A Miserable Marriage
St. Nonna entered into marriage with Gregory of Arianzus, a wealthy, pagan landowner who caused her great strife and misery. She turned to God sorrowfully with many tears praying fervently because she felt their union made her only half united to God. She used fasting to deepen her commitment to this request asking for salvation for her husband. Through her prayers, he had a vision while sleeping that ultimately led him to a complete conversion to Christianity. His spiritual transformation was so extraordinary that he attended the First Ecumenical Council of Nicea, where he told of his conversion story to Christ, was baptized, ordained presbyter, and became Bishop of Nazianzos dedicating himself thoroughly to the Church.
In a perfect world, your spouse would share your Catholic faith because being united in faith strengthens the foundation of your marriage. However, because we do not live in a perfect world, praying for the conversion of a non-Catholic husband or wife as did St. Nonna is an act of spiritual charity and faith.
Four supportive ingredients for the husband or wife who desires this conversion are patience, prayer, fasting, and setting a good example.
The Virtue We All Need
Your patience is a valuable tool of evangelization where your spouse is given the time to discern if conversion is what God is calling them to do. Exercising patience can be difficult or daunting unless you keep in mind that this is a journey and not a race. We can learn from St. Thomas who says, “Patience is a virtue attached to the virtue of fortitude, which hinders a man from departing from right reason illuminated by faith by yielding to difficulties and to sadness.”
Holy Journeys Begin With Prayer
Prayer is one of the most heartfelt acts of love that is a gift to God, our spouse and ourselves. Daily praying for your spouse is an honor and a blessing of great importance since it regards their eternal salvation. St. Therese of Lisieux considered prayer as looking to heaven in “recognition and love, embracing both trial and joy.” Faithfully entrust your spouse to the Lord. As much as you desire for the conversion of your beloved, it is important to keep in mind that this is a movement of the Holy Spirit and it is not an act that can be willfully imposed.
God waits for our prayers, hears our prayers, and acts on our prayers.
Fasting Changes Hearts
Fasting is a spiritual weapon that augments your prayer life by encouraging you to overcome and subdue your passions. St. Francis de Sales offers some words of wisdom on the subject, “If you are able to fast, you will do well to observe some days beyond what are ordered by the Church… although we may be able to do but little, the enemy nevertheless stands more in awe of those whom he knows can fast.” Begin with obeying Church law by abiding by the Eucharistic fast of not eating or drinking one hour before communion; and during Lent by fasting on Ash Wednesday and Good Friday while abstaining from meat on Fridays. You can then expand by fasting in additional ways such as: skipping one meal a week, denying yourself your favorite snack or dessert on a given day, abstaining from sodas or alcohol, controlling your tongue, replacing time spent on social media with faith-based reading, putting technology aside for one hour a day, and of course rejecting sin. Matt Fradd says, “You could say that prayer without fasting is like boxing with one hand tied behind your back, and that fasting without prayer is, well, dieting.”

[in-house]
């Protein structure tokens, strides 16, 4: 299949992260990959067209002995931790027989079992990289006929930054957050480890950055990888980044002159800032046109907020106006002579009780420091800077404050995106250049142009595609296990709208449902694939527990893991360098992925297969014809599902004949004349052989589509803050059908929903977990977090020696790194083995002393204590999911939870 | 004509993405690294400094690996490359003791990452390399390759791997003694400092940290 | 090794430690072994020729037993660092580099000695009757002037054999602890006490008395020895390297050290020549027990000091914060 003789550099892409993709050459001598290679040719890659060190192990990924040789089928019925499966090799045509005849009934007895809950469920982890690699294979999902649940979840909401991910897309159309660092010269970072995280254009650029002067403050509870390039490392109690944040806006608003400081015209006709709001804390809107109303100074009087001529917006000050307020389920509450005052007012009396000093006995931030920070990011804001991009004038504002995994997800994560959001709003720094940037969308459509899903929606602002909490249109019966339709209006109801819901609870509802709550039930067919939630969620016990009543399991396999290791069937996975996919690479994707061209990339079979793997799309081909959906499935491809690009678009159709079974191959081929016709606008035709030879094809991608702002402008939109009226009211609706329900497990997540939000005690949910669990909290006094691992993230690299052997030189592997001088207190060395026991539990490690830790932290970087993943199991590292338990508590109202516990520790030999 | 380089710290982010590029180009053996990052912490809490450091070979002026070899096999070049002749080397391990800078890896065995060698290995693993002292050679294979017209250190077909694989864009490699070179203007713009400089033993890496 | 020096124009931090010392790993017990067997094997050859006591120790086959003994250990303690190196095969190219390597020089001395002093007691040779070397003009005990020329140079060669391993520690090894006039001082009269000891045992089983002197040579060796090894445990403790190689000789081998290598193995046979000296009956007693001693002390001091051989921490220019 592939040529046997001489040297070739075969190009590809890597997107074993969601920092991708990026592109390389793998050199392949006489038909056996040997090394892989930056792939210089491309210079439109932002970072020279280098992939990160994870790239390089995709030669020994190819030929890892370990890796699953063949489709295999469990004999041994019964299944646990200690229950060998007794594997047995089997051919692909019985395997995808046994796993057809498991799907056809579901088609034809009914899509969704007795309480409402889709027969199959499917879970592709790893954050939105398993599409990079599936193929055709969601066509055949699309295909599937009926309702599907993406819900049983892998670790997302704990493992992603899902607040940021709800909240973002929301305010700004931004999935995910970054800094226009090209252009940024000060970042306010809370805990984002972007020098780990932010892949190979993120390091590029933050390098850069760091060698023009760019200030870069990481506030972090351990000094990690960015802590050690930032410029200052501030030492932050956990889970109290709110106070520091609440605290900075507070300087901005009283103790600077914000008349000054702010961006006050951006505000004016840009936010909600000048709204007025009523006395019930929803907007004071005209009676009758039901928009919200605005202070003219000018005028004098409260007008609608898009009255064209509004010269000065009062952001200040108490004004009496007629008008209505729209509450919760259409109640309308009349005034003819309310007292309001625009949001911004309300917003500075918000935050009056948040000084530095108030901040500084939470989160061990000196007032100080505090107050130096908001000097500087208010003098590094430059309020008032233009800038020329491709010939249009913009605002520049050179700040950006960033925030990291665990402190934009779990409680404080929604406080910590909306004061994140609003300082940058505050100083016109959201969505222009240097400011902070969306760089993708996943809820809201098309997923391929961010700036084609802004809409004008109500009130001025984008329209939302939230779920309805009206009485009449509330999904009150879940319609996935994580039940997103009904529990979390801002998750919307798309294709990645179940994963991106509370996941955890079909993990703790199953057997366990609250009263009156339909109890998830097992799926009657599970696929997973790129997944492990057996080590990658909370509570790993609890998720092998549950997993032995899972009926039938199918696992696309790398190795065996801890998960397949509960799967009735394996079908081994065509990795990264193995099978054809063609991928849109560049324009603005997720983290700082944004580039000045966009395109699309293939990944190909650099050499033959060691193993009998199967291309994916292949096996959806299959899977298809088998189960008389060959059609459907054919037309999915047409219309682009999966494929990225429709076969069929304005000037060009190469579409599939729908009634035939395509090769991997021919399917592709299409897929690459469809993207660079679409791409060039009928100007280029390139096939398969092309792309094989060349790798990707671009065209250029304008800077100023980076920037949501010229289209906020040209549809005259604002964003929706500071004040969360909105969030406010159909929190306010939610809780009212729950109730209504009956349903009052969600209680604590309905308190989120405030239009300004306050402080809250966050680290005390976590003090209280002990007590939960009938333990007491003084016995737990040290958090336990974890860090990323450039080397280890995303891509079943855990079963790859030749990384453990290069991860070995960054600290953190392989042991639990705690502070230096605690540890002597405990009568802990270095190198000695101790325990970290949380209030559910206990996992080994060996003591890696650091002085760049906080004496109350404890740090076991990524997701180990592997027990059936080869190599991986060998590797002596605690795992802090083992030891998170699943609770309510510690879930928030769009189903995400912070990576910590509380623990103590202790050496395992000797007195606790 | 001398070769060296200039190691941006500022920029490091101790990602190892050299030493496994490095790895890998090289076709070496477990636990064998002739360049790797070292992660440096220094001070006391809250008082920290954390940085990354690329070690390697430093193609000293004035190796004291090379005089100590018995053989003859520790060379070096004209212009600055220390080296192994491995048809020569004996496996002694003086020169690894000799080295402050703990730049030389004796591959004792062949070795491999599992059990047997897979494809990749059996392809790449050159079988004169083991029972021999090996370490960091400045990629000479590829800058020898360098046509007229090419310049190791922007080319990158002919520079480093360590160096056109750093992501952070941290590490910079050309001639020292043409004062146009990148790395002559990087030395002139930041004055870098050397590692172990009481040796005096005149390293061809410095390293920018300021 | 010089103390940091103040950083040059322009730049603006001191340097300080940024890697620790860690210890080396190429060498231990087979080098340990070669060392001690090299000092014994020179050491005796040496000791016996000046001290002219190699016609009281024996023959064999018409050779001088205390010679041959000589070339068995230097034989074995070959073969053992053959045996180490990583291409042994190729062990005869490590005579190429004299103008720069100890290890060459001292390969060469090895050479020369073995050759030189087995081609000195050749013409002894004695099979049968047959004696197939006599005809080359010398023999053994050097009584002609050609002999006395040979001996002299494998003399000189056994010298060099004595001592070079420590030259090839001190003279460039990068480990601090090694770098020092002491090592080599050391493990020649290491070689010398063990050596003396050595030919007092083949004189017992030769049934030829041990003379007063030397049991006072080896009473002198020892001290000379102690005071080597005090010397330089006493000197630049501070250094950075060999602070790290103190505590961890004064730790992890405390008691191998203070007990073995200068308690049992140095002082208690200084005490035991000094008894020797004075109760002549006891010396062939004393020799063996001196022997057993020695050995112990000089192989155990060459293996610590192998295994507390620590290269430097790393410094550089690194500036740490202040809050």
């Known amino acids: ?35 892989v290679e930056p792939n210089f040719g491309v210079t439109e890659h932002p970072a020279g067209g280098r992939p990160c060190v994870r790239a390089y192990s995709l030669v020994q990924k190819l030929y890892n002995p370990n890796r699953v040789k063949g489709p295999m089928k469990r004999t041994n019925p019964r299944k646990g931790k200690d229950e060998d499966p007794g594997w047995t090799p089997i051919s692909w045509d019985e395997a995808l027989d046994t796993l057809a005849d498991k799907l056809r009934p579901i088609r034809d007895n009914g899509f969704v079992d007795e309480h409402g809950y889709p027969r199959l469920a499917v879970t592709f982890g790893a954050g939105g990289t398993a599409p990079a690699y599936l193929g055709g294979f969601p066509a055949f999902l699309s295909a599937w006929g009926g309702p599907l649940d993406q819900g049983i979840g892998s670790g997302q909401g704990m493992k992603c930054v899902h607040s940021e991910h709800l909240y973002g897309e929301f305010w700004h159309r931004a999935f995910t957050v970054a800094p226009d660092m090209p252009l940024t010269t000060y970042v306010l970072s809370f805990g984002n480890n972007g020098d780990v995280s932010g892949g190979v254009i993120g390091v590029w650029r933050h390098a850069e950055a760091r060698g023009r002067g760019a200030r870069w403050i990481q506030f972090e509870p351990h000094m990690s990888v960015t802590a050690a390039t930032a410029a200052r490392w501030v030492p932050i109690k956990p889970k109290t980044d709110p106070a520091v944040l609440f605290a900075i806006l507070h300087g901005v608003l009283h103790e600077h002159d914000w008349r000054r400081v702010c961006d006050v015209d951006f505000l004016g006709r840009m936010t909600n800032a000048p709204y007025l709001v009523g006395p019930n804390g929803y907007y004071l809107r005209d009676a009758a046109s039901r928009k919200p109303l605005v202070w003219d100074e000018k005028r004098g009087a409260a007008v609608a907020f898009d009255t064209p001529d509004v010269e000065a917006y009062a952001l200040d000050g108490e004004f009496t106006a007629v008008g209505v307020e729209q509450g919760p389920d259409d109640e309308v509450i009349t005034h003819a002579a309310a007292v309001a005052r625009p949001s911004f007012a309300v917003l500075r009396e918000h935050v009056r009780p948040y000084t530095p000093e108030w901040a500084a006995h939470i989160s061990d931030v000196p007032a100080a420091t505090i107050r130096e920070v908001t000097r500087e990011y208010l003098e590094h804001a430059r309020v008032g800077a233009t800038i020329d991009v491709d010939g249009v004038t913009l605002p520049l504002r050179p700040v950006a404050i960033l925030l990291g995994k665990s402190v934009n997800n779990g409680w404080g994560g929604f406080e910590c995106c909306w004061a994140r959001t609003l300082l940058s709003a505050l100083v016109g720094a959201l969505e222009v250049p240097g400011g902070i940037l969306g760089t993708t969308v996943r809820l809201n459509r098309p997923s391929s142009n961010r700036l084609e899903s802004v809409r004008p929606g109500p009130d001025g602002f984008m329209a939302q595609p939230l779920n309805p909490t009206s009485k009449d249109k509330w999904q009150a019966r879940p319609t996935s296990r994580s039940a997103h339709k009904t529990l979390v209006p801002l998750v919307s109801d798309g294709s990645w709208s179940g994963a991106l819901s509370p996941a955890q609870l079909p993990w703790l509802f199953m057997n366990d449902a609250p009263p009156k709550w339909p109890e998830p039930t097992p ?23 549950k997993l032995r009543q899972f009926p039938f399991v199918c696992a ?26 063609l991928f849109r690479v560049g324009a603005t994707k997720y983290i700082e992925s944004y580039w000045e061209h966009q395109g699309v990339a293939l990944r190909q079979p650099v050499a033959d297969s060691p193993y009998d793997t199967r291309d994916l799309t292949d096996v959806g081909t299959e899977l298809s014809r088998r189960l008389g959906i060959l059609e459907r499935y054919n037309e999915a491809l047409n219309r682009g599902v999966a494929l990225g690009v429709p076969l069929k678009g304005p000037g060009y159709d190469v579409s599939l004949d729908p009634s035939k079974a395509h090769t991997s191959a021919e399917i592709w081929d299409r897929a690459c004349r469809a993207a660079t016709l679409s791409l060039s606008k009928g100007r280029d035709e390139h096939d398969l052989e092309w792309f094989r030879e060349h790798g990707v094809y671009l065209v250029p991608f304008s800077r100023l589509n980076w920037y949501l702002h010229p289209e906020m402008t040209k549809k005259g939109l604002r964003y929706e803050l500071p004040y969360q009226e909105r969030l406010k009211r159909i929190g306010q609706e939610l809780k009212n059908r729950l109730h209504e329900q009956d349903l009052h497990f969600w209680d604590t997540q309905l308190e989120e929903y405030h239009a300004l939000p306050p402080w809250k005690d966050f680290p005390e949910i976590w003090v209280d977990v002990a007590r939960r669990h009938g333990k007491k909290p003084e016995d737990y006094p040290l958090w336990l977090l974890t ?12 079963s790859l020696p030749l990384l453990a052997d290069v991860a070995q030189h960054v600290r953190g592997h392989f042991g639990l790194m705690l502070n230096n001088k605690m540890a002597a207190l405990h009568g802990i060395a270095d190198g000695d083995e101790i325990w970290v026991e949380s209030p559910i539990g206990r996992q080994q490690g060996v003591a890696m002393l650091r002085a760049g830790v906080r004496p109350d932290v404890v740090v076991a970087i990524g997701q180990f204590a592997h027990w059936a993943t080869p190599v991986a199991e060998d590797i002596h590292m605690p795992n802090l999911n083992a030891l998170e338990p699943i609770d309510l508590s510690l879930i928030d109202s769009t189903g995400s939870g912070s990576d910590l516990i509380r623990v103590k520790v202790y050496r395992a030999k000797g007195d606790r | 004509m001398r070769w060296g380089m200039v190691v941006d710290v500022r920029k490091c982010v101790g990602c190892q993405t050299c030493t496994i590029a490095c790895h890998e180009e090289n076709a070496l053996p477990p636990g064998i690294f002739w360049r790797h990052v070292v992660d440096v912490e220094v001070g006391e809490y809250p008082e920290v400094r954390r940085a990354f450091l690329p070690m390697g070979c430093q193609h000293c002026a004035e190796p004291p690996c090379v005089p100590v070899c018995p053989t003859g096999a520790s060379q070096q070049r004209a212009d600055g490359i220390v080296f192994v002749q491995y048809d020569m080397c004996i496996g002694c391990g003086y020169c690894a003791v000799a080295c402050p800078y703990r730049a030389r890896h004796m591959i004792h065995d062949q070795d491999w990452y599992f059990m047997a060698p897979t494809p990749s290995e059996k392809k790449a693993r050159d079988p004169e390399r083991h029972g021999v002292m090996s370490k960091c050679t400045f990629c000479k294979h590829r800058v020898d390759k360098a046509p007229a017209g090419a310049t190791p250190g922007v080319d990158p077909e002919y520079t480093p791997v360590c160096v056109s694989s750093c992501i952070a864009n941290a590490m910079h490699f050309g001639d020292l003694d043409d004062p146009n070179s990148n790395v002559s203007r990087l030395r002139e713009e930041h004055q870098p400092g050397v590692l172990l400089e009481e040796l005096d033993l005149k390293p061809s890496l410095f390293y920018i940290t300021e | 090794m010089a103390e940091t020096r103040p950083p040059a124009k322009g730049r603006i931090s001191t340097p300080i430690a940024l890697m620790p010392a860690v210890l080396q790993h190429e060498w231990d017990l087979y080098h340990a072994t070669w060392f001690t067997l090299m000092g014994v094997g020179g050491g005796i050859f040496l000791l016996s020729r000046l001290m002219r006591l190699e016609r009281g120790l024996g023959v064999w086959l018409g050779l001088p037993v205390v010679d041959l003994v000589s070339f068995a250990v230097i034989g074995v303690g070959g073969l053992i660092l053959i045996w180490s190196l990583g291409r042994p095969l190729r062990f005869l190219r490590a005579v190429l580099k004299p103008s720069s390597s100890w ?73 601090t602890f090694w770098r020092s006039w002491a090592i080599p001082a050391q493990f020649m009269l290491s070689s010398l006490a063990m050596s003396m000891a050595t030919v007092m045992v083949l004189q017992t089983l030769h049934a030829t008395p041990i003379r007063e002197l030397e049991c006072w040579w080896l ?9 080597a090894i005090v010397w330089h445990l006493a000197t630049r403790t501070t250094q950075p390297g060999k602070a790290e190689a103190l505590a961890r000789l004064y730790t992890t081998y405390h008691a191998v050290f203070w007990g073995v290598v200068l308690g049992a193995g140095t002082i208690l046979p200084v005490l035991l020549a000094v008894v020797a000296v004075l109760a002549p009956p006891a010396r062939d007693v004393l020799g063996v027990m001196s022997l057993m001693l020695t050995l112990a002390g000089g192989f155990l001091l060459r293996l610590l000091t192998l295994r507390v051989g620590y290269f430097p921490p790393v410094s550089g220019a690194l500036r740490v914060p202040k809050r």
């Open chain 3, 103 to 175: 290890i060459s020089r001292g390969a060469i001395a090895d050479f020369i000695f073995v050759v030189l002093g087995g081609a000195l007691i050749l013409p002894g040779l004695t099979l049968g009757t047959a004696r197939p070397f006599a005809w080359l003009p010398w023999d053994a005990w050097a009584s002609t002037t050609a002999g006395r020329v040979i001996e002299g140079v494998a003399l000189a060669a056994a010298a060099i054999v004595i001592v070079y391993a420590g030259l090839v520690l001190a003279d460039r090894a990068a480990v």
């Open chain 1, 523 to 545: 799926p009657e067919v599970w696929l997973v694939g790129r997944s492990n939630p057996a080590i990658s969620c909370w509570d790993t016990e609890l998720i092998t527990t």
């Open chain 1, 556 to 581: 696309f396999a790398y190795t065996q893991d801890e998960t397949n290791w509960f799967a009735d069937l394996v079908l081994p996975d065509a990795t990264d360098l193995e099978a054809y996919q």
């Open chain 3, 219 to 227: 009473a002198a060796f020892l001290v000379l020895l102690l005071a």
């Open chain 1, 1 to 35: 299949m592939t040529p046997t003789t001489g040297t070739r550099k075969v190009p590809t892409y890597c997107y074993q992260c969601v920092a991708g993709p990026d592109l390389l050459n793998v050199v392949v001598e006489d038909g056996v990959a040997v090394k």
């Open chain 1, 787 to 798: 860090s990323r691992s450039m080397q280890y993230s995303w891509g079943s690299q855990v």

Fasting for your beloved is a
gift of selfless love.
Spousal Stewardship In Action
Additionally, as a Baptized Catholic you are obliged to set a good example if you wish to have your spouse follow you into the Church. In On Christian Doctrine, Saint Augustine remarked, “these men do good to many by preaching what they themselves do not perform; but they would do good to very many more if they lived as they preach.” Be the kind of person that others want to emulate because of your joy and unwavering faith. We can learn from Saint Paul’s words to Timothy; “but be an example of the believers, in word, in conversation, in charity, in faith, in purity” (1 TIM. 4:12) - anything less will likely sabotage your efforts.
Don’t forget to show your spouse
your love, even when you
don’t feel like it.
Finally, do not be swayed by despair or hopelessness; instead endure to the end. St. Catherine of Siena sums it up well when she says, “Nothing great is ever achieved without much enduring.” Your prayers will not be in vain no matter what the outcome. As Father Mike Schmitz says, “Seek a relationship when you pray, not answers. You won’t always find answers, but you will always find Jesus.”
Saint Nonna, pray for us!